This post is an excerpt from our recent brief, Creating a Single View of Digital Forensics Data.
Forensics and investigations have been in place as long as even the most rudimentary justice systems have existed. In the past, however, investigations primarily relied on physical evidence or traditional forensics to build cases and prosecute criminals.
Today, we more often hear the term “digital forensics.” That refers to electronic probative information that is stored or transmitted in digital form. It comprises a large portion of evidence used in prosecution, simply due to the exponential growth in digital communication and interaction among the public.
But Dr. Jim Kent, Global Head of Security and Intelligence for Nuix North America, and his colleague Keith Lowry, Senior Vice President of Nuix U.S. Government Services (USG) and Business Threat Intelligence and Analysis, explained that the new term doesn’t necessarily mean new evidence. “Digital forensics is still being able to relay the evidentiary trail and facts that you’d find in any investigation, and relay them to the person in a courtroom,” said Dr. Kent. “It’s basically the same old-fashioned criminal investigations but using digital and new methods of investigating those crimes.”
Whether it’s a fingerprint lifted from a crime scene or scanned at a security checkpoint, Dr. Kent and Lowry agreed that the evidence could equally contribute to the same case. But while digital forensics achieves the same goals as traditional forensics, the digitization of evidence does present new challenges to investigators.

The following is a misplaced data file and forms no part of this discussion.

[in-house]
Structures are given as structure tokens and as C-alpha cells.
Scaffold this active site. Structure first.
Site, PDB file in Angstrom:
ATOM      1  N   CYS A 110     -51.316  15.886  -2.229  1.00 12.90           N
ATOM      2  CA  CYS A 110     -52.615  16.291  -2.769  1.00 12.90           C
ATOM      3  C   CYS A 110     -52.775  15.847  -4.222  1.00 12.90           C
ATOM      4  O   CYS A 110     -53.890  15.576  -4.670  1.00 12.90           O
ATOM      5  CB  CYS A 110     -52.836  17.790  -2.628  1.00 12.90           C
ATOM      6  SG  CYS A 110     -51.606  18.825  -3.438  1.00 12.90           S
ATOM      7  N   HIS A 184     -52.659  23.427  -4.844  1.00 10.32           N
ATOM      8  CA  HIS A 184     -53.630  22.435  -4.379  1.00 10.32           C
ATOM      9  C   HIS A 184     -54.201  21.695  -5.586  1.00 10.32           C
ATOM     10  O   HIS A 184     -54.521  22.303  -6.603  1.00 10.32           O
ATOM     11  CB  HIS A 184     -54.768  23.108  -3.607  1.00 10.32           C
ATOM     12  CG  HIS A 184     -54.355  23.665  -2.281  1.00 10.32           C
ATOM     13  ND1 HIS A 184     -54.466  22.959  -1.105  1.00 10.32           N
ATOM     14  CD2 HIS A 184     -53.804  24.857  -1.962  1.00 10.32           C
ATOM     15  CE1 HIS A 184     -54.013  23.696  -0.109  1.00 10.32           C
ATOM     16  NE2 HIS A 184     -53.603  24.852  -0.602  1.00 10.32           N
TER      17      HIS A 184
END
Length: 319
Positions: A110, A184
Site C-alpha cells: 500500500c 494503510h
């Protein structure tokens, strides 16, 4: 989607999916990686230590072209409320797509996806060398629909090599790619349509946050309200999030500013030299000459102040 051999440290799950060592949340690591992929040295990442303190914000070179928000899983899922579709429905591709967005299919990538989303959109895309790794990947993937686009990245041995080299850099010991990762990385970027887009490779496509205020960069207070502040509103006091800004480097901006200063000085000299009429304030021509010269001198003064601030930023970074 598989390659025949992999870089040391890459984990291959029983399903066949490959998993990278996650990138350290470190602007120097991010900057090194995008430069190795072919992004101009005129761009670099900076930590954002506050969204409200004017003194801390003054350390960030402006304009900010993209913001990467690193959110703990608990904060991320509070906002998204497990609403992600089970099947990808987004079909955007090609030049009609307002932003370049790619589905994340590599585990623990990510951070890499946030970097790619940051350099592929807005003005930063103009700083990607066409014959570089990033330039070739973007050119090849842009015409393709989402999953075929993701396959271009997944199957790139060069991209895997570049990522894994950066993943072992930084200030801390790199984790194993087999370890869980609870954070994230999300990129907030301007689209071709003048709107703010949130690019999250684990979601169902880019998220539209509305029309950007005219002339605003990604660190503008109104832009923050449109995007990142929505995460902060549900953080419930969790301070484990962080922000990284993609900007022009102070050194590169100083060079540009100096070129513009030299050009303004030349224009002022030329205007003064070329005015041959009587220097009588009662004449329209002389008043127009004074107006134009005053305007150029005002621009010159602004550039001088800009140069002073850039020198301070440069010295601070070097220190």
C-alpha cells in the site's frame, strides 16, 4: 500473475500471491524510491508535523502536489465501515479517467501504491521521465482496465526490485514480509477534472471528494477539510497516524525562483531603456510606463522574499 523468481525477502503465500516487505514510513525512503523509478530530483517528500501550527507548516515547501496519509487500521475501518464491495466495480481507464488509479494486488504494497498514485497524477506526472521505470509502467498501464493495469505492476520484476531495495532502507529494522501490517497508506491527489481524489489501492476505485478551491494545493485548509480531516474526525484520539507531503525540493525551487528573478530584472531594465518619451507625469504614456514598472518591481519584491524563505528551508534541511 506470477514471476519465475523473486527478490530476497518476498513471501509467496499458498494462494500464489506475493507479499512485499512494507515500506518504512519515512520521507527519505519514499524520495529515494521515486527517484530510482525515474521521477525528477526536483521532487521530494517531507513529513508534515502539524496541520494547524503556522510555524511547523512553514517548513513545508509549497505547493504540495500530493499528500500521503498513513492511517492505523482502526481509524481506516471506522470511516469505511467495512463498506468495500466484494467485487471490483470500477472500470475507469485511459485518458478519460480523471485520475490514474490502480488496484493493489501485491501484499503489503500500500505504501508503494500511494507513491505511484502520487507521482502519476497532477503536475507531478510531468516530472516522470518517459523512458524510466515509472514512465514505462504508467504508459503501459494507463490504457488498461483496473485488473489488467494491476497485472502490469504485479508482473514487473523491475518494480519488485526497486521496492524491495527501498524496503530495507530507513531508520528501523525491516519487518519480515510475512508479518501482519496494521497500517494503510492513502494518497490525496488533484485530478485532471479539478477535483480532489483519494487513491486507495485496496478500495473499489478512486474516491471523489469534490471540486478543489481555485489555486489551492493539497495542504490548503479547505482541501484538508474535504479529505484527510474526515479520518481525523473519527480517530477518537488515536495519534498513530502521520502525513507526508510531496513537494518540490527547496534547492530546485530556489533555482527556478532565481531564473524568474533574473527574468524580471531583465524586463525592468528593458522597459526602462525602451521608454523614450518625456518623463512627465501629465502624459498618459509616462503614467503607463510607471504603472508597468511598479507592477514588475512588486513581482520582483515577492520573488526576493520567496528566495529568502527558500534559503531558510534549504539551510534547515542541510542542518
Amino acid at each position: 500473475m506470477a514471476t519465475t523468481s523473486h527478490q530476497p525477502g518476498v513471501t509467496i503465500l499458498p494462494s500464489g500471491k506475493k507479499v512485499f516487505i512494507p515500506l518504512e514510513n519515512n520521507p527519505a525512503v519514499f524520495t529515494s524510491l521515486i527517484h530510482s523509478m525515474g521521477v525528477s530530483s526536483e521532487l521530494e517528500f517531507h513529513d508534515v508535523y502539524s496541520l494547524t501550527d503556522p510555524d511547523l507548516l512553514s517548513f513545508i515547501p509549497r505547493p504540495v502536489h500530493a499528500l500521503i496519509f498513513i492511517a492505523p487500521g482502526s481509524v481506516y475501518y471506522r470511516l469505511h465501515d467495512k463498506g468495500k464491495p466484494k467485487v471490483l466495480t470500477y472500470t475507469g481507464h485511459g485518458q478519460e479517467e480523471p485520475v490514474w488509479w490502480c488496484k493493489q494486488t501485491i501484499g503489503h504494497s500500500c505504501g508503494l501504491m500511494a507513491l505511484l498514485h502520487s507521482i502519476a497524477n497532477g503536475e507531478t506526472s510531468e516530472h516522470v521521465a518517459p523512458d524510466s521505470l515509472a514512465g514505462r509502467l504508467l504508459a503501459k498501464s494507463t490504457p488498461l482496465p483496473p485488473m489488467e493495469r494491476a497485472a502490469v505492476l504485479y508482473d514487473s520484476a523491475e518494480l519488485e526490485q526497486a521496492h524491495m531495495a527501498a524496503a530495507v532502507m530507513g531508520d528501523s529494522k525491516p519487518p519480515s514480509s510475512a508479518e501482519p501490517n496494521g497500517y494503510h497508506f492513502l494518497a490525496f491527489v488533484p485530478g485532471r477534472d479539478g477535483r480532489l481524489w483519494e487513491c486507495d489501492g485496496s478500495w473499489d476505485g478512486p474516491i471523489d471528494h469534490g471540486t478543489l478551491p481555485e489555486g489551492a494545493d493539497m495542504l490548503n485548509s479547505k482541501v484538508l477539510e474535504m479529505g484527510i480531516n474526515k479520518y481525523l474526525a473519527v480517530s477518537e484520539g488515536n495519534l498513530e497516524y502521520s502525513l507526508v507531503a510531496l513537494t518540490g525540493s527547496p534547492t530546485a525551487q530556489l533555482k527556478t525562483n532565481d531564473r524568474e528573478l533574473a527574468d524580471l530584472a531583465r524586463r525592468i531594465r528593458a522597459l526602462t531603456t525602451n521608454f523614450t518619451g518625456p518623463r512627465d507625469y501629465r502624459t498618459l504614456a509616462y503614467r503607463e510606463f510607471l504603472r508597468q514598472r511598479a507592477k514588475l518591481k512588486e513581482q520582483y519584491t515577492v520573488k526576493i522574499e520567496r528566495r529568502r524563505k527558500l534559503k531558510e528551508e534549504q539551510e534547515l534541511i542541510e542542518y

Specifically, the explosive increase in digital data can overwhelm investigators and the systems they use to sort through evidence. “Because the world has become so digitized, the data is almost immeasurable,” said Lowry. “The size and quantity of data that you have to cull makes it extremely difficult and time-consuming to figure out what’s pertinent to the case at hand.”
So while digitization has created a wealth of new information that investigators can use to prosecute cases, it’s also presented significant challenges to managing that data, and – more importantly – turning it into digestible information. For resource-constrained agencies, providing the staff and computing power to sift through mountains of data can seem nearly impossible.
Additionally, with so much data coming from so many different sources, in so many different formats, siloes of information are often created. Those disparate repositories prevent investigators from getting the full picture of a single case, and from drawing intelligence between cases.
In order to make sense of the ever-expanding amount of digital forensics data, Lowry and Dr. Kent advocate for a different approach to investigations and have been hard at work to make that approach a reality. That methodology – called a “single
pane of glass” approach – combines all relevant data into one cohesive view, so that any investigator can quickly pull out
important case details and cross-reference it with other information.
To learn how to implement that approach to forensic data analysis, read GovLoop's brief Creating a Single View of Digital Forensics Data.